Since when? that’s what it’s there for. If it works 99% of the time and is designed to be pressed with a thumb (Glocks are not, 1911s and the like are) then why not use it when it’s faster and just as easy to do.

    • When you’re in adrenalin dump mode, your finger are like flippers. The slide stop—which isn’t called a “slide release”—requires fine motor coordination when gross motor skills are all you’re gonna get. Also, releasing the slide stop causes a momentary loss of muzzle control. And it’s not unknown for shooters to have their finger on the trigger when using the stop, causing an ND. Which can also happen during a weak hand release, but still.

      • I’m curious as to how having the trigger pressed upon release will cause the gun to fire, that’s what the disconnector is there for. Muzzle control is also lost when slingshotting the slide, and you also have to take more time to re-form your grip after a slingshot. For me, hitting the slide stop on the way back from a reload is just part of me reforming my grip, and it is muscle memory at this point.

        I can’t speak to how I would perform under life-or-death stress, but when the shot clock is behind me causing stress I can still hit the slide stop, and it works for me the 99% of the time that a lot of people profess, but I can see your rationale behind slingshotting everything too. I guess we can agree to disagree on that point 🙂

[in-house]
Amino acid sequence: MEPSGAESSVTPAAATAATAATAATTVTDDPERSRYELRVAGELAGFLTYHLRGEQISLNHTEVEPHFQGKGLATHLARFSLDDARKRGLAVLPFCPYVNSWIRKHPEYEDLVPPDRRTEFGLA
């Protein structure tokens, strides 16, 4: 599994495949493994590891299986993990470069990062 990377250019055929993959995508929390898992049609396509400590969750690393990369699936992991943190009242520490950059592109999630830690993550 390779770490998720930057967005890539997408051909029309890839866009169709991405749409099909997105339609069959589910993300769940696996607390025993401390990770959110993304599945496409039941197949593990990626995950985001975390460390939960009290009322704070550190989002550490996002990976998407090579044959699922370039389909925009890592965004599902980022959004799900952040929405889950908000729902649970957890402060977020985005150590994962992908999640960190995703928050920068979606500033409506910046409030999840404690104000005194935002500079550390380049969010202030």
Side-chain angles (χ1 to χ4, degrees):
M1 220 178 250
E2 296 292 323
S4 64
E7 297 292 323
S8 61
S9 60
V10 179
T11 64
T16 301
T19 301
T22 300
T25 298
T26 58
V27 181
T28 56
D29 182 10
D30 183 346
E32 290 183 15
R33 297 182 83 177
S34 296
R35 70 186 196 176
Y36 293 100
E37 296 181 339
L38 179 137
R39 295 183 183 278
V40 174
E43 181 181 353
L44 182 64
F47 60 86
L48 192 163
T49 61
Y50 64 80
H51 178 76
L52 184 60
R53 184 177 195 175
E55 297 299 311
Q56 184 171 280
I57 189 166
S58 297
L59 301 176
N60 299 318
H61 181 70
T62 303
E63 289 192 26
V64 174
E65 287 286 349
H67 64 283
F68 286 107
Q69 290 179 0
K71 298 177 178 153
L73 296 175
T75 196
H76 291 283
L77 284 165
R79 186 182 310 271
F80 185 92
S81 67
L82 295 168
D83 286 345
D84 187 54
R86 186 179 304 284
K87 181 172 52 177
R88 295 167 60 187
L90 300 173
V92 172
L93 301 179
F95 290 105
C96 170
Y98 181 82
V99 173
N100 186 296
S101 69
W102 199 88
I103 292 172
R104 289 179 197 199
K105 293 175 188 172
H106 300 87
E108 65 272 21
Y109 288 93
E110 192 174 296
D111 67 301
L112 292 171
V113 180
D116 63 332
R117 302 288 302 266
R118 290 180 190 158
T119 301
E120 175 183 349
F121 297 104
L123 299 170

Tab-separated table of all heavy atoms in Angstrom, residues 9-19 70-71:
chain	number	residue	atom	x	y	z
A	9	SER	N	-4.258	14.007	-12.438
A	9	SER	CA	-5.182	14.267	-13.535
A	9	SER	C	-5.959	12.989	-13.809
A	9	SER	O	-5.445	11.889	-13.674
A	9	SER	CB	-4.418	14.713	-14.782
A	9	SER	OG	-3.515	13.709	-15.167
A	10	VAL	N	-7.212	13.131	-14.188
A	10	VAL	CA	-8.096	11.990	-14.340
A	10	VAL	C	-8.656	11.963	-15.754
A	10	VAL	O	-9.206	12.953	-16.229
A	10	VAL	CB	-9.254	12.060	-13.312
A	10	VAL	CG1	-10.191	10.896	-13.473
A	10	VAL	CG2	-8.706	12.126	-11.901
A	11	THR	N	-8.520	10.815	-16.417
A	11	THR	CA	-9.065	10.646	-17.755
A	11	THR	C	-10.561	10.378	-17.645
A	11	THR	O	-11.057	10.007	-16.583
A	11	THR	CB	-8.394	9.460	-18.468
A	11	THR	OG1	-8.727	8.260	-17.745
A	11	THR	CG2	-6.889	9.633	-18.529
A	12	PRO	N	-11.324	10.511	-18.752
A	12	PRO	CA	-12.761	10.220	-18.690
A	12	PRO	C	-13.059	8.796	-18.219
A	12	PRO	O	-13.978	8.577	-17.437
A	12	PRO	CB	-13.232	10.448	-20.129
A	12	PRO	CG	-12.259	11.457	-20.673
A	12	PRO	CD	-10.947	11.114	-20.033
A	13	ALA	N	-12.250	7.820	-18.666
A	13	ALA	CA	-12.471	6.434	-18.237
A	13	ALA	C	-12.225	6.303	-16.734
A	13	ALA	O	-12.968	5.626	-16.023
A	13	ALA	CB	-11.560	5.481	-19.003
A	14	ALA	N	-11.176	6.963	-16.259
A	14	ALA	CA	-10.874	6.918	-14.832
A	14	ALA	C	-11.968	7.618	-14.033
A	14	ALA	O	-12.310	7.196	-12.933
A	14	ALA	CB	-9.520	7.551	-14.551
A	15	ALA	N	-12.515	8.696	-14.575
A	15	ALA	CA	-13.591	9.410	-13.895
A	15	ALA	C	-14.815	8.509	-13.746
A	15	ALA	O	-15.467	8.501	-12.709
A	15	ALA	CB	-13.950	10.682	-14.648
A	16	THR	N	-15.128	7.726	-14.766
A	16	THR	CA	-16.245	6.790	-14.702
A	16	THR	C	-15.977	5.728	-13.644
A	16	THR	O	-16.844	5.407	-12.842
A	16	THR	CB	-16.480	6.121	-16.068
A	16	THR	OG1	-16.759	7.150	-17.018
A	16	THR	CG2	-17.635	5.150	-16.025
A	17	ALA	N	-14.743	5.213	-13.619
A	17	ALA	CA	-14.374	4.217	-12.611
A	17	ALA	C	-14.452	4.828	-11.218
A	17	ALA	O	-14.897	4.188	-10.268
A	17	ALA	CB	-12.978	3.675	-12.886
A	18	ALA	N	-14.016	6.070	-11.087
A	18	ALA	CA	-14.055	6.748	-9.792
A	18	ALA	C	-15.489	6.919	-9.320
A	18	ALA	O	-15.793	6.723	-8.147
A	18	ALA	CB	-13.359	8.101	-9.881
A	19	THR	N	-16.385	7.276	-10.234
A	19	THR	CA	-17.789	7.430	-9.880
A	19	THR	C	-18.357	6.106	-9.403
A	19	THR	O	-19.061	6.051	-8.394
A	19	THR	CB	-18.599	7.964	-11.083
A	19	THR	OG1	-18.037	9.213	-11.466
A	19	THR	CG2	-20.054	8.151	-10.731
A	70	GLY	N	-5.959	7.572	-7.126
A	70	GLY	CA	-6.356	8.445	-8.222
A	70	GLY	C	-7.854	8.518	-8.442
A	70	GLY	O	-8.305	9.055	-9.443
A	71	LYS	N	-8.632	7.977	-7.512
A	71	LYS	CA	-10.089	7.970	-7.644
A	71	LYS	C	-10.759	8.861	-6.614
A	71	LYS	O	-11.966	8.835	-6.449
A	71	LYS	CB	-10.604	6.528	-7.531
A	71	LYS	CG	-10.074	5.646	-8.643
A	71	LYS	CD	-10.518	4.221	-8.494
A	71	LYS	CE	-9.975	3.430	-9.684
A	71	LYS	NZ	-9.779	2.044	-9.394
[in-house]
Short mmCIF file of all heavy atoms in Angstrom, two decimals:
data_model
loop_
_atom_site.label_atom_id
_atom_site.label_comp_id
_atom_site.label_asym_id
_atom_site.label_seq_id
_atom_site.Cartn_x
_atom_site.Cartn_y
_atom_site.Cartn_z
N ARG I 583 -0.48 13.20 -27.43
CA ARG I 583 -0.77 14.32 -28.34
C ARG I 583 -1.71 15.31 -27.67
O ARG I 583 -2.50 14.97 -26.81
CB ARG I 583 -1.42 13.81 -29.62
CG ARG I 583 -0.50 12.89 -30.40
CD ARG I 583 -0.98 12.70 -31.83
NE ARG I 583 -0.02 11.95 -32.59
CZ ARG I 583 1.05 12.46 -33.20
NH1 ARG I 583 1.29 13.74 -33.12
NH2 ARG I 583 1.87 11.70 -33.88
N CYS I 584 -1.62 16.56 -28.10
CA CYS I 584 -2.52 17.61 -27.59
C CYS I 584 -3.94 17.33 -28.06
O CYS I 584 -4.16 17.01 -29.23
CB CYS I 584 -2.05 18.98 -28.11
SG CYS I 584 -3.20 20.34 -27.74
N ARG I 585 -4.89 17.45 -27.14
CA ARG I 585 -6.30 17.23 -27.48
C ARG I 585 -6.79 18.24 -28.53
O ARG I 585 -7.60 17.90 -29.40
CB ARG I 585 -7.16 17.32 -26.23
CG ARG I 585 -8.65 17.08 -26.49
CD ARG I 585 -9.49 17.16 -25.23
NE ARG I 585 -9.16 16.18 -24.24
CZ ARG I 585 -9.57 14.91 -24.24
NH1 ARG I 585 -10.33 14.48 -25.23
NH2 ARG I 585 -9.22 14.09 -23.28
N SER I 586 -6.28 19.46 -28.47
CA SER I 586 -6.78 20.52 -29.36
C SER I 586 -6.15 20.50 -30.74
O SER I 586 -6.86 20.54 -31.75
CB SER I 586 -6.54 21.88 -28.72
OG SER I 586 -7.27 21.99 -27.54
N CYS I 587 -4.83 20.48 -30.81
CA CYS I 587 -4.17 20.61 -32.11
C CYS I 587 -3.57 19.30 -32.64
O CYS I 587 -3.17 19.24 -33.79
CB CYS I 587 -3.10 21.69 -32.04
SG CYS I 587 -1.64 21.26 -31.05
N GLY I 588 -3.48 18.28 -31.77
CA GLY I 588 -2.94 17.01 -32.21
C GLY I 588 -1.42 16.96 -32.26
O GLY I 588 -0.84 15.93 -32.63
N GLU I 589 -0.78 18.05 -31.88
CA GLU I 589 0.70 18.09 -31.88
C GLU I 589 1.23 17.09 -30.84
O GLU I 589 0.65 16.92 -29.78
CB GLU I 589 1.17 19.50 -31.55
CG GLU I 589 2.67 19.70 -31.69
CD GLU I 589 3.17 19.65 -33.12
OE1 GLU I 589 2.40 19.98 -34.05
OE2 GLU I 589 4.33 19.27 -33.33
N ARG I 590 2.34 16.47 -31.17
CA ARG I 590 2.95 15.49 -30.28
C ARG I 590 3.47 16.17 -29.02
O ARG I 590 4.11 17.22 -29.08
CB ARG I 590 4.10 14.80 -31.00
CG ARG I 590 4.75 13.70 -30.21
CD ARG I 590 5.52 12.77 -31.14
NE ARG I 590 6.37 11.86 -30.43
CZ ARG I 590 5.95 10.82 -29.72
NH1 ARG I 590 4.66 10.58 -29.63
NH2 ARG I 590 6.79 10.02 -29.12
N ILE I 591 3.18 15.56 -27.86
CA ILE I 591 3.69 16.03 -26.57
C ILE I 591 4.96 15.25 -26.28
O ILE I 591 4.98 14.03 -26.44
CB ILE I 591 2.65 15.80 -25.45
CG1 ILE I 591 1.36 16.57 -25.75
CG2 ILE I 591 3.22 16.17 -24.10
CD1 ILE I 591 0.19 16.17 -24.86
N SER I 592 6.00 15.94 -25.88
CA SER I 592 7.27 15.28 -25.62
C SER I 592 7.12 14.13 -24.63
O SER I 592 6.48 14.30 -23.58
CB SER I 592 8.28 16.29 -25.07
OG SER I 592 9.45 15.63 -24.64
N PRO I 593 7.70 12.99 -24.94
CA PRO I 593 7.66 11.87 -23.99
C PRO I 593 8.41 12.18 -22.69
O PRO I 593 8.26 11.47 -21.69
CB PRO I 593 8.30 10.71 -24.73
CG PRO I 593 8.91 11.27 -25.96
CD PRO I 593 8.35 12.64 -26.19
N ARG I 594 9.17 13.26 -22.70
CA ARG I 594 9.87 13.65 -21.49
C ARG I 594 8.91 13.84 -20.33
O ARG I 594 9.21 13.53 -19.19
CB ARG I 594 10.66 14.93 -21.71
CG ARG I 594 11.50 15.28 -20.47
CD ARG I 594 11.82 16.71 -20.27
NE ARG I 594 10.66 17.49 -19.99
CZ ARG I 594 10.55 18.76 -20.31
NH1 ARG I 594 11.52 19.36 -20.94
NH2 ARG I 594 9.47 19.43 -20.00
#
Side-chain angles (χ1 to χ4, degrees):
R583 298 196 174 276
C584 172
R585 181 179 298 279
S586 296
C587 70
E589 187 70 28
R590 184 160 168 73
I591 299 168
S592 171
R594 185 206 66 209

4. In November 1957, I turned 16. In January 1958, I swore into the Army. (Yeah, I lied about my age.) In basic training, I first shot the 1911. I ended up doing two hitches, the second one going through light weapons infantry, jump school, and SF training. I trained further on the 1911 and carried one as part of my basic weapons issue. In 1967, I bought my very own Colt Series 70 1911. I still have it. I also have five more, 2 SAs and 3 Caspians. I carried the 1911 not only in the military, but also as a federal agent and as a civilian. I have carried guns now for a very long time, and often the 1911. I continue to train regularly at Front Sight Nevada. I totally rebuilt my Colt and the 2 SAs, adding all NM internals and the normal exterior bells and whistles. I built from the ground up all three Caspians, 2 with the bells and whistles and one on the Caspian 1911 style frame, with staked front sight, wide spur hammer, surplus GI trigger, old Colt thumb safety, etc. This September 2013 I will be building another 1911 under the watchful eye of Larry Vickers, assuming Obama, Schumer, Pelosi, and that gang allow us to have guns by then. I am on the notice list for an SR1911 and am looking forward to getting it. I no doubt will work it over wherever needed, but expect it to be better internally than the SAs. As for Hickok45, he shoots just fine, whatever way he holds his thumbs. The Straight-Thumbs technique now is practiced by many, if not most, competitive shooters. It has its applications and strong points. The Thumb-Over-Thumb grip style is part of the (think Cooper/Gunsite) Modern Technique of the handgun taught as a method for using the handgun for self defense, as opposed for cometition. The idea is to provide a solid grip with little manipulation of the wrists, keeping the right hand thumb on top of the thumb safety, and the left hand thumb away from the slide and the slide stop. The slide stop is easy to bump and cause premature and unintended slide lock, a potential killer in a gunfight, but only points lost in competition Nudging or dragging on the slide wtih either thumb can cause failure to eject or failure to feed, depending upon the part of the cycle retarded. This tends to happen during recoil if the thumbs are near either part, and especially during times of high stress when the shooter is lucky at times to hold onto his gun as he is moving fast and shooting at the same time. Hickok45 clearly uses both techniques, and based upon his many rounds fired without failures function while regularly hitting his targets, he clearly uses both well and effectively. Hickok45 is not out there showing off his knowledge and technique, but only having fun and running lots of well-aimed rounds through his guns to show us how well they function and how accurate they are in often rapid and mostly offhand shooting. In my many years, I notice that there are the nitpickers and there are the doers. Hickok45 is a doer, and a pretty damned good one, at that. Carry on, Wild Bill, for those many of us oldsters and youngsters alike who enjoy and appreciate what it is you do.